Kappa Coronae Borealis

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κ Coronae Borealis
Corona Borealis constellation map.svg
Red circle.svg
Location of κ Coronae Borealis (circled)
Observation data
Epoch J2000.0      Equinox J2000.0
Constellation Corona Borealis
Right ascension 15h 51m 13.9315s
Declination +35° 39′ 26.575″
Apparent magnitude (V) +4.79[1]
Spectral type K0 III-IV[1]
Parallax (π)32.13±0.61[1] mas
Distance101.51 ly
(31.12 pc)
Absolute magnitude (MV)+2.37[2]
Details[citation needed]
Mass1.51 (1.32–1.70)[1] M
Radius5.0 (4.8–5.2) R
Luminosity13.6[2] L
Surface gravity (log g)3.21±0.08 cgs
Temperature4,877±25 K
Metallicity [Fe/H]0.08±0.02[2] dex
Other designations
κ CrB, 11 CrB, HD 142091, HIP 77655, HR 5901, SAO 64948
Database references
Extrasolar Planets

Kappa Coronae Borealis, Latinized from κ Coronae Borealis, is a star approximately 102 light years away in the constellation of Corona Borealis. The apparent magnitude is +4.82 (4.17 trillion times fainter than the Sun) and the absolute magnitude is +2.35 (9.82 times brighter than the Sun). It is an orange K-type subgiant star of spectral type K1IV, meaning it has nearly completely exhausted its hydrogen supply in its core. It is 1.94 times as massive as the Sun yet has brightened to 12.5 times its luminosity.[3] Around 2.5 billion years old, it was formerly an A-type main sequence star.[4]

Dust disk[edit]

In March 2013, it was announced that resolved images of at least one dust disk surrounding Kappa Coronae Borealis were captured, making it the first subgiant to host such circumstellar belt.[4] The disk extends out to 120 AU.[3]

Planetary system[edit]

In October 2007, a giant planet was found by Johnson et al., who used the radial velocity method.[5] In 2012 it was confirmed.[1]

This planet was assumed to be outside the habitable zone on the assumption that the star is K1IVa.[6] Given the star's luminosity, the planet is more likely on the zone's inner edge.[7]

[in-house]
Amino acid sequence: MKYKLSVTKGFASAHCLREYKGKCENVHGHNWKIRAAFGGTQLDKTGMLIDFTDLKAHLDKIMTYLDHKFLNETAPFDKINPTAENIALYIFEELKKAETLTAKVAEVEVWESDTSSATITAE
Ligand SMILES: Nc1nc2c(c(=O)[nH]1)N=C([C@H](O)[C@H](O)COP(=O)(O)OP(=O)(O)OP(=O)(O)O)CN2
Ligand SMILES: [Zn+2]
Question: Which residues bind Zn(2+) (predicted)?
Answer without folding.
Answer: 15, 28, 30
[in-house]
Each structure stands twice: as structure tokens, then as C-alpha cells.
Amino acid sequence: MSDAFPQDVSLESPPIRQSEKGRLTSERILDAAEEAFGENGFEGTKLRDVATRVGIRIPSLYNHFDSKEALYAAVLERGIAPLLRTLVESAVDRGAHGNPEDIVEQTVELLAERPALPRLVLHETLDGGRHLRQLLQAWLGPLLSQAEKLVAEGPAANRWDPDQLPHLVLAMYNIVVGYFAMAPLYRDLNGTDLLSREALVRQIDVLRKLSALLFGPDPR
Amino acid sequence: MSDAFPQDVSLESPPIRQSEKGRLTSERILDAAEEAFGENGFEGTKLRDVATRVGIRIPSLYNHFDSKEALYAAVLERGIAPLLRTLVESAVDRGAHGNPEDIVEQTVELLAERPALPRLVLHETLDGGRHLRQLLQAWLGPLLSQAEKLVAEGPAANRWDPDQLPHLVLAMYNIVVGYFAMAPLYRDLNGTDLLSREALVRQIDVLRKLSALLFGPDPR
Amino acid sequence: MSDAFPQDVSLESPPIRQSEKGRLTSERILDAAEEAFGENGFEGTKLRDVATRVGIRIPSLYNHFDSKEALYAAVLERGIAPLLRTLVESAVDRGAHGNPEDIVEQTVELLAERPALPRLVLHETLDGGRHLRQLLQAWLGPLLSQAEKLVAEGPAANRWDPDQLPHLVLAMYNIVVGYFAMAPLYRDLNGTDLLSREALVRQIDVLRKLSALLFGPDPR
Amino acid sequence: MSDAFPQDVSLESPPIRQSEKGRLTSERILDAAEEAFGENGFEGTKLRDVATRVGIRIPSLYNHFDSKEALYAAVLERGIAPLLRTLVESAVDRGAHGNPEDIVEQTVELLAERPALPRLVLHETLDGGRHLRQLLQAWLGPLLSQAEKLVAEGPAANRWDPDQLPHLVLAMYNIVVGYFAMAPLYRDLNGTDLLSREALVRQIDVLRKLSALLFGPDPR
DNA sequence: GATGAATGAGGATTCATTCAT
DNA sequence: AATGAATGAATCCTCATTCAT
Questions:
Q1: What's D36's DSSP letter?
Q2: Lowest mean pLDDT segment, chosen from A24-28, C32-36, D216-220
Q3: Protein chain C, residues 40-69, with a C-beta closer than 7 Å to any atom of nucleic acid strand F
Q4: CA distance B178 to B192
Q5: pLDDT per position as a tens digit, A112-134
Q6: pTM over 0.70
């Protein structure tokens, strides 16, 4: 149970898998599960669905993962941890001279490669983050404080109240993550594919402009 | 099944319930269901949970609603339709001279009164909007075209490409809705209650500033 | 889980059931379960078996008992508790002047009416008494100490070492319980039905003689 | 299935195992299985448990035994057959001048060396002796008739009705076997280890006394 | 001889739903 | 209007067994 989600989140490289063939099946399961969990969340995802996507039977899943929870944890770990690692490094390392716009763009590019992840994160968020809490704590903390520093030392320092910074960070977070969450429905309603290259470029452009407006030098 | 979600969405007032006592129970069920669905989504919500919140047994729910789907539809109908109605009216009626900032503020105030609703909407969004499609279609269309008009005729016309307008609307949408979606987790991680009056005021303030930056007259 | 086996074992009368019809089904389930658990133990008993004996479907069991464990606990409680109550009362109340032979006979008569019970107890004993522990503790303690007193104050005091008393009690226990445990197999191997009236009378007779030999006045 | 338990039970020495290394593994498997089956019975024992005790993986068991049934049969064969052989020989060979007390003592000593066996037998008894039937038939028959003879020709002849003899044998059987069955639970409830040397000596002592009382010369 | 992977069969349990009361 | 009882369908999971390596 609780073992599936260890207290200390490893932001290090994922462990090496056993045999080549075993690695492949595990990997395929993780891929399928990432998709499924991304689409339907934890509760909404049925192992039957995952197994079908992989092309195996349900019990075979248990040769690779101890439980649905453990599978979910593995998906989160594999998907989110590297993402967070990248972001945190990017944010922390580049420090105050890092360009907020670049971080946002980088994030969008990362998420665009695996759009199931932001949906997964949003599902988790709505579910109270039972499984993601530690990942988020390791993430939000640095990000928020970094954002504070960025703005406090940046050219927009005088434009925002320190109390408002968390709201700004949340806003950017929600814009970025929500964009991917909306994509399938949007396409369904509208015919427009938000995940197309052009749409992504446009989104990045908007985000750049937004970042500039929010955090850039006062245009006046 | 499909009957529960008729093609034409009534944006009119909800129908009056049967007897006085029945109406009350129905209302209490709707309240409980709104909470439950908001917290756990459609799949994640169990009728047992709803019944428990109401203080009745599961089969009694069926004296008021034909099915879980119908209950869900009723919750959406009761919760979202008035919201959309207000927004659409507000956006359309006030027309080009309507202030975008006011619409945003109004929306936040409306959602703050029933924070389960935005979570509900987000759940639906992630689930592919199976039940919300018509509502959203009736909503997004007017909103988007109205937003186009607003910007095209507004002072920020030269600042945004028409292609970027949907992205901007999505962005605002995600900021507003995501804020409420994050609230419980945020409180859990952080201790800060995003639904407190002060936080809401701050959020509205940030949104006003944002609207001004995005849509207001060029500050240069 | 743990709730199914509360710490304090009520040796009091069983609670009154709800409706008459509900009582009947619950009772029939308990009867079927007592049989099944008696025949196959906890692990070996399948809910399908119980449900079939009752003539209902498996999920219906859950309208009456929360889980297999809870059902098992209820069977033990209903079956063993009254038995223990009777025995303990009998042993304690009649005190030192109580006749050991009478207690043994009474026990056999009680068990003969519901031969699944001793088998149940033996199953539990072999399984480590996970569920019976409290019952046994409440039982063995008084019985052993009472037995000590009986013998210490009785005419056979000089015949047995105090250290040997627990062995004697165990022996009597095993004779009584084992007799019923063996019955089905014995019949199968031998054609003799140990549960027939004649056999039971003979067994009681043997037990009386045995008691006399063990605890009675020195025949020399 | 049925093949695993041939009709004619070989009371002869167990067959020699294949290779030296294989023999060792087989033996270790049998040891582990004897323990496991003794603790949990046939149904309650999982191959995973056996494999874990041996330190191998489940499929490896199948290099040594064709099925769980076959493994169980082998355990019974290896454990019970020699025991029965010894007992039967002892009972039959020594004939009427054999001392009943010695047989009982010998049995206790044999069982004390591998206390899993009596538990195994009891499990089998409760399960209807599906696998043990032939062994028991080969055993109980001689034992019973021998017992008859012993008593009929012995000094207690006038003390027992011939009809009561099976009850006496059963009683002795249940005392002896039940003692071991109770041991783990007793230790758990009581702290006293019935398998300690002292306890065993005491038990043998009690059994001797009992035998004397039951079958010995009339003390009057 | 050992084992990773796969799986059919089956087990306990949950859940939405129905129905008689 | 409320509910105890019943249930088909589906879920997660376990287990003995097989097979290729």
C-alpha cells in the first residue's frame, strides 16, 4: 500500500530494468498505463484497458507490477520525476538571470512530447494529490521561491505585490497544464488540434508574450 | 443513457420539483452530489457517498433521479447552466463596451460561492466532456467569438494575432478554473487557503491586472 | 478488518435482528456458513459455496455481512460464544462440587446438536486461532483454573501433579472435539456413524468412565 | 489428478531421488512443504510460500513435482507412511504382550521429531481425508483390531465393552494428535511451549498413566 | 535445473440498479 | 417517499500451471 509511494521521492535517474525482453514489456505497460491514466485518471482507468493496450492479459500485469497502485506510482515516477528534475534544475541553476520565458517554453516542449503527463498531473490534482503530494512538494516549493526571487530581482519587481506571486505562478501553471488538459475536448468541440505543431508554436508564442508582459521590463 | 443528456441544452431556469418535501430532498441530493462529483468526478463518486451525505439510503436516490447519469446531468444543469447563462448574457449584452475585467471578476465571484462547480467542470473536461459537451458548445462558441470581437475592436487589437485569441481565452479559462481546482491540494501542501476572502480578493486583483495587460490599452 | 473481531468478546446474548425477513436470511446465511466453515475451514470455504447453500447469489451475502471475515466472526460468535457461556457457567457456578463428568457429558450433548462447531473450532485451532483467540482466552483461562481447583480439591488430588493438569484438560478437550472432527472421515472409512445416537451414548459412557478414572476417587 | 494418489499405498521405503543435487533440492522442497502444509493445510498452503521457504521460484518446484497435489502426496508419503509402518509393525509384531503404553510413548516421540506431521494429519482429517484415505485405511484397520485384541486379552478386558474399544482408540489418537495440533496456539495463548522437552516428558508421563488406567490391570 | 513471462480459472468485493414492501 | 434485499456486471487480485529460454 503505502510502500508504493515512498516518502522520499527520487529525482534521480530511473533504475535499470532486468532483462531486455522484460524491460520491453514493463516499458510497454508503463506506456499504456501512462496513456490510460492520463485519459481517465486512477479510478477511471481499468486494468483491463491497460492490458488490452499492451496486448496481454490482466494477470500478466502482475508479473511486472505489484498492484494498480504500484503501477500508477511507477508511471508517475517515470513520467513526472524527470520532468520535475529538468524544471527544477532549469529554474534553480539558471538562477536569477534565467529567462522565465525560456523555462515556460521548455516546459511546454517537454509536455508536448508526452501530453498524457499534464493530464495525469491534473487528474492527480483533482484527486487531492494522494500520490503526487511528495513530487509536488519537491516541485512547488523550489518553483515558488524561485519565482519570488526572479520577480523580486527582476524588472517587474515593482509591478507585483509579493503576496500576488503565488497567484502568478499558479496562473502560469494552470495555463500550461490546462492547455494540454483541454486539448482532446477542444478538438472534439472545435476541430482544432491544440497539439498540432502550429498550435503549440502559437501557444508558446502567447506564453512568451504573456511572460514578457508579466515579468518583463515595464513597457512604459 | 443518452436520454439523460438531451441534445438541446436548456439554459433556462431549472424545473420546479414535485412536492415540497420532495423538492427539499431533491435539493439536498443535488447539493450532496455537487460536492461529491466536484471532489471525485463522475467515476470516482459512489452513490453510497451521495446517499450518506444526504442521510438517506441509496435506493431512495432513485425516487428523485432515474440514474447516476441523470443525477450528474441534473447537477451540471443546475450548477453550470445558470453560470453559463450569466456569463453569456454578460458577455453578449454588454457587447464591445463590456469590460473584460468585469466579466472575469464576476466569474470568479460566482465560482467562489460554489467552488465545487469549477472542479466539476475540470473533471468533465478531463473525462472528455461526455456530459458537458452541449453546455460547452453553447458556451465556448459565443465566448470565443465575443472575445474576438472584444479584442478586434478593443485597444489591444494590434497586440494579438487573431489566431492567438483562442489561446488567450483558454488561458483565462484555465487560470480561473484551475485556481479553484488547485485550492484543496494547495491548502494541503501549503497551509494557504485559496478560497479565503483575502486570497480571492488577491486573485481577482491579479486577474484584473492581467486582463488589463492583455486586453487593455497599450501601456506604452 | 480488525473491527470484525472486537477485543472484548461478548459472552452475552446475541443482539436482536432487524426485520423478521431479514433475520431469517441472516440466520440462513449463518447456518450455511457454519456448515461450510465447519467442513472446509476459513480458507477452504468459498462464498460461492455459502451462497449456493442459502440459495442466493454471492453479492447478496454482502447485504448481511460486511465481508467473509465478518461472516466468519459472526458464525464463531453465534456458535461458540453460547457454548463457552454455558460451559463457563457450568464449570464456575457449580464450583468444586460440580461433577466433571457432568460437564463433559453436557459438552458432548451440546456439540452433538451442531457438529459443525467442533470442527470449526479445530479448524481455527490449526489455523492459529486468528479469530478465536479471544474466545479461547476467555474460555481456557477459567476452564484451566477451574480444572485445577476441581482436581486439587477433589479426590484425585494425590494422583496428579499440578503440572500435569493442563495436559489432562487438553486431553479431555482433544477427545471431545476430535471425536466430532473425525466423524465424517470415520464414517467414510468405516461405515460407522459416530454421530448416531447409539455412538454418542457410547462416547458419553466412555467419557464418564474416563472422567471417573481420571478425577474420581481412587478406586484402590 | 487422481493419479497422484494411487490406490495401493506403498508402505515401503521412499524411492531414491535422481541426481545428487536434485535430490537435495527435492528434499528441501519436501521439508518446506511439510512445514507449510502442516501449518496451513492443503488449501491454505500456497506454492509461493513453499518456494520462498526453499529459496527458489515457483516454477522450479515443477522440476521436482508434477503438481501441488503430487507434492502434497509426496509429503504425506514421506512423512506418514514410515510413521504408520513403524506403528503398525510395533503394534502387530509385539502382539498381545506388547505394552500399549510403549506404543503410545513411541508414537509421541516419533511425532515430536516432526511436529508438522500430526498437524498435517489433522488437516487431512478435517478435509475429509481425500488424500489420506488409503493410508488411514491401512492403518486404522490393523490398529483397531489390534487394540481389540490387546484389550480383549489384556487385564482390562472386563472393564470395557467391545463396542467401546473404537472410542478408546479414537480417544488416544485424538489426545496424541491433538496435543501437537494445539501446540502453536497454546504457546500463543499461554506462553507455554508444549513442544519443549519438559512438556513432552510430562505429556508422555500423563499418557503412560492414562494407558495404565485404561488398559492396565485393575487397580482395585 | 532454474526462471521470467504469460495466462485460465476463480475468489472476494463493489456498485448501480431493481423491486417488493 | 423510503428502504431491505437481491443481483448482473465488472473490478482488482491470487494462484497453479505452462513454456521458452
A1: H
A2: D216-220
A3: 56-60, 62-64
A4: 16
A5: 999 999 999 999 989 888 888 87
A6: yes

The width of the circumstellar belt suggests the presence of a second planetary companion of the star, either within it or between two narrower belts.[4]

The Kappa Coronae Borealis planetary system[1]
(in order from star)
Mass Semimajor axis
Orbital period
Eccentricity Inclination Radius
b >1.6 MJ 2.6 1251 ± 15 0.073 ± 0.049

See also[edit]


  1. ^ a b c d e f Sato, Bun'ei; et al. (2012). "Substellar Companions to Seven Evolved Intermediate-Mass Stars". Publications of the Astronomical Society of Japan. 64 (6). 135. arXiv:1207.3141. Bibcode:2012PASJ...64..135S. doi:10.1093/pasj/64.6.135.
  2. ^ a b c Anderson, E.; Francis, Ch. (2012), "XHIP: An extended hipparcos compilation", Astronomy Letters, 38 (5): 331, arXiv:1108.4971, Bibcode:2012AstL...38..331A, doi:10.1134/S1063773712050015.
  3. ^ a b Pawellek, Nicole; Krivov, Alexander V.; Marshall, Jonathan P.; Montesinos, Benjamin; Ábrahám, Péter; Moór, Attila; Bryden, Geoffrey; Eiroa, Carlos (2014). "Disk Radii and Grain Sizes in Herschel-resolved Debris Disks". The Astrophysical Journal. 792 (1): 19. arXiv:1407.4579. Bibcode:2014ApJ...792...65P. doi:10.1088/0004-637X/792/1/65. 65.
  4. ^ a b c Bonsor, Amy; et al. (2013). "Spatially resolved images of dust belt(s) around the planet-hosting subgiant κ CrB". MNRAS. 431: 3025–3035. arXiv:1302.7000. Bibcode:2013MNRAS.431.3025B. doi:10.1093/mnras/stt367.
  5. ^ Johnson; et al. (2008). "Retired A Stars and Their Companions. II. Jovian Planets Orbiting κ CrB and HD 167042". The Astrophysical Journal. 675 (1): 784–789. arXiv:0711.4367. Bibcode:2008ApJ...675..784J. doi:10.1086/526453.
  6. ^ "Planet kappa CrB b".[permanent dead link]
  7. ^ An earth-analogue should be slightly more than 3 AU away: square root of luminosity 12.9.

Coordinates: Sky map 15h 51m 13.9315s, +35° 39′ 26.575″